April 20, 2016 - 8:15 pm
The Metropolitan Police Department said it will dedicate a semipermanent unit to the department’s violent crime initiative through the summer in a change of course coinciding with the recent crime wave.
Rather than rotating plainclothes officers, detectives and supervisors into two-week patrol shifts, the dedicated unit will target high-crime areas in the valley until a new set of recruits is ready for duty at the end of the summer.
Assistant Sheriff Todd Fasulo told the Las Vegas Review-Journal that the unit will consist of one lieutenant, two sergeants, 20 officers and a few detectives.
“We’re putting a little more permanency to it over the next couple months,” Fasulo said Tuesday.
The sheriff’s violent crime initiative was announced in March in response to a valleywide spike in violent crime this year. Homicides in Metro’s jurisdiction are up about 91 percent so far this year over the same time period in 2015. Robberies, rapes and aggravated assaults have increased by 20 percent to 25 percent this year.
The policy elicited criticism from the department’s police unions, who claimed the officers weren’t prepared to go back on patrol. But union leaders spoke positively of the updated model.
Union leaders see this change as a positive step and an indication that the department is taking officers’ concerns into consideration.
“At this time I feel (the department) is trying very hard to handle a very difficult crime problem with not enough officers to do it,” Lt. John Faulis, chairman of the Las Vegas Police Managers and Supervisors Association said in an email Wednesday.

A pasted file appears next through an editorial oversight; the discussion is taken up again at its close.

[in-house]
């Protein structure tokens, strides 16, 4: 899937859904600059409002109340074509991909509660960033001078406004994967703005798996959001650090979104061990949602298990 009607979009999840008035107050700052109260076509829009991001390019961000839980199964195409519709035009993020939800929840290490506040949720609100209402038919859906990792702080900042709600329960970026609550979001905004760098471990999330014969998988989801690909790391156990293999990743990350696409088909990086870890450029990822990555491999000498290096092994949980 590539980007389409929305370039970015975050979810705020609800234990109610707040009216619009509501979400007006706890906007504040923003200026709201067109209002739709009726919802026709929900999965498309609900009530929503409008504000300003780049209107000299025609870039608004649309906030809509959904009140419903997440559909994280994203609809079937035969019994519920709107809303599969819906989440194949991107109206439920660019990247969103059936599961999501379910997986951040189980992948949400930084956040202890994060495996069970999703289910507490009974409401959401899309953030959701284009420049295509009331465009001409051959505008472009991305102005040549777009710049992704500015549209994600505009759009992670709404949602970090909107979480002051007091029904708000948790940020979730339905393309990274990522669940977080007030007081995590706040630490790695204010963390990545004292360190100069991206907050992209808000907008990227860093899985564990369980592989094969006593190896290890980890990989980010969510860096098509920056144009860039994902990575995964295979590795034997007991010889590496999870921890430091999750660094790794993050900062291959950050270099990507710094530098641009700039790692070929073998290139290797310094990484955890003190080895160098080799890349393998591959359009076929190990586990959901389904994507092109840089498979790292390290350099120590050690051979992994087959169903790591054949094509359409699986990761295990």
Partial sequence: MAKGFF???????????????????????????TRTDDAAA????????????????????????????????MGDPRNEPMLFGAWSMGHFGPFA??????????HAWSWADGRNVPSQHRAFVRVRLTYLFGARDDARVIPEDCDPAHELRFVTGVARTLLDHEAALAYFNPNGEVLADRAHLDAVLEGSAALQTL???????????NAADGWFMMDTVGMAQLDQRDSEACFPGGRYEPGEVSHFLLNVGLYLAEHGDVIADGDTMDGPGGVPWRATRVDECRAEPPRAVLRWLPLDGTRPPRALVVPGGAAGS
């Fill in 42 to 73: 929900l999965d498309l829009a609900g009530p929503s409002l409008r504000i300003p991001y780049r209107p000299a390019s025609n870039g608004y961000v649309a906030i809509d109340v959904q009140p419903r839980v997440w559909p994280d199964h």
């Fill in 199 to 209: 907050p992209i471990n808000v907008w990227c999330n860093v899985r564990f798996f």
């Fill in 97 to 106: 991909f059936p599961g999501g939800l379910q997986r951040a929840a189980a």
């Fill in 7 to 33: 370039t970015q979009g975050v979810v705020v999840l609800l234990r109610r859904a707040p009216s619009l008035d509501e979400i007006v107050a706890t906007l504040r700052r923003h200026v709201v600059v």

When the policy was first initiated, Fasulo said it seemed to be having a positive effect.
He said the department didn’t have “long-term sustained statistics” to point to, but Metro went about a week and a half without a homicide after the policy went into effect. Before that, the agency was averaging a homicide every 48 hours.
Fasulo said the department will have better metrics for evaluating the program’s efficacy as the summer unfolds.
Police have said the initiative is meant to get the department through the summer — a fresh crop of recruits should be finished with field training and ready for patrol duty in early fall.
The More Cops sales tax increase went into effect Jan. 1, but training officers takes months. At least 40 recruits are in field training, which means they are working with a patrol partner. When that training is done in the next few months, those officers can work solo and Metro can distribute them throughout the valley.
Another round of new cops is expected toward the end of the year.
Police union leaders in March criticized the policy: Mark Chaparian, the executive director of the Las Vegas Police Protective Association, attributed the spike in violent crimes to Metro’s decentralization of specialized units in July. Faulis has said that many of the officers being thrown into patrol shifts have been out of the urban policing model and weren’t prepared.
When asked whether having a semipermanent squad would allay those kinds of concerns, Fasulo just said every officer has the same duty.
“Every cop in this police department has a responsibility to fight crime. No one is immune,” he said.
He said that department administrators are looking into having plainclothes officers and detectives work patrol shifts on a “semiregular basis” as a refresher to the officers.
“The unions did a fantastic job of identifying that gap for us,” he said.
Chaparian said the change is reminiscent of the department’s saturation team — a comparison Fasulo also made — that was disbanded during decentralization. The saturation teams were problem-solving units charged with targeting specific high-crime areas.
“The way the VCI (violent crime initiative) was rolled out was not ideal. We’re getting back to what works,” he said. “I think using a different name kind of helps them save face, and that’s fine.”
Chaparian lauded the sheriff’s efforts to make things better, but said decentralization just doesn’t work for Las Vegas.
“It seems the department is learning that change isn’t always good,” he said.
Contact Wesley Juhl at firstname.lastname@example.org and 702-383-0391. Find him on Twitter: @WesJuhl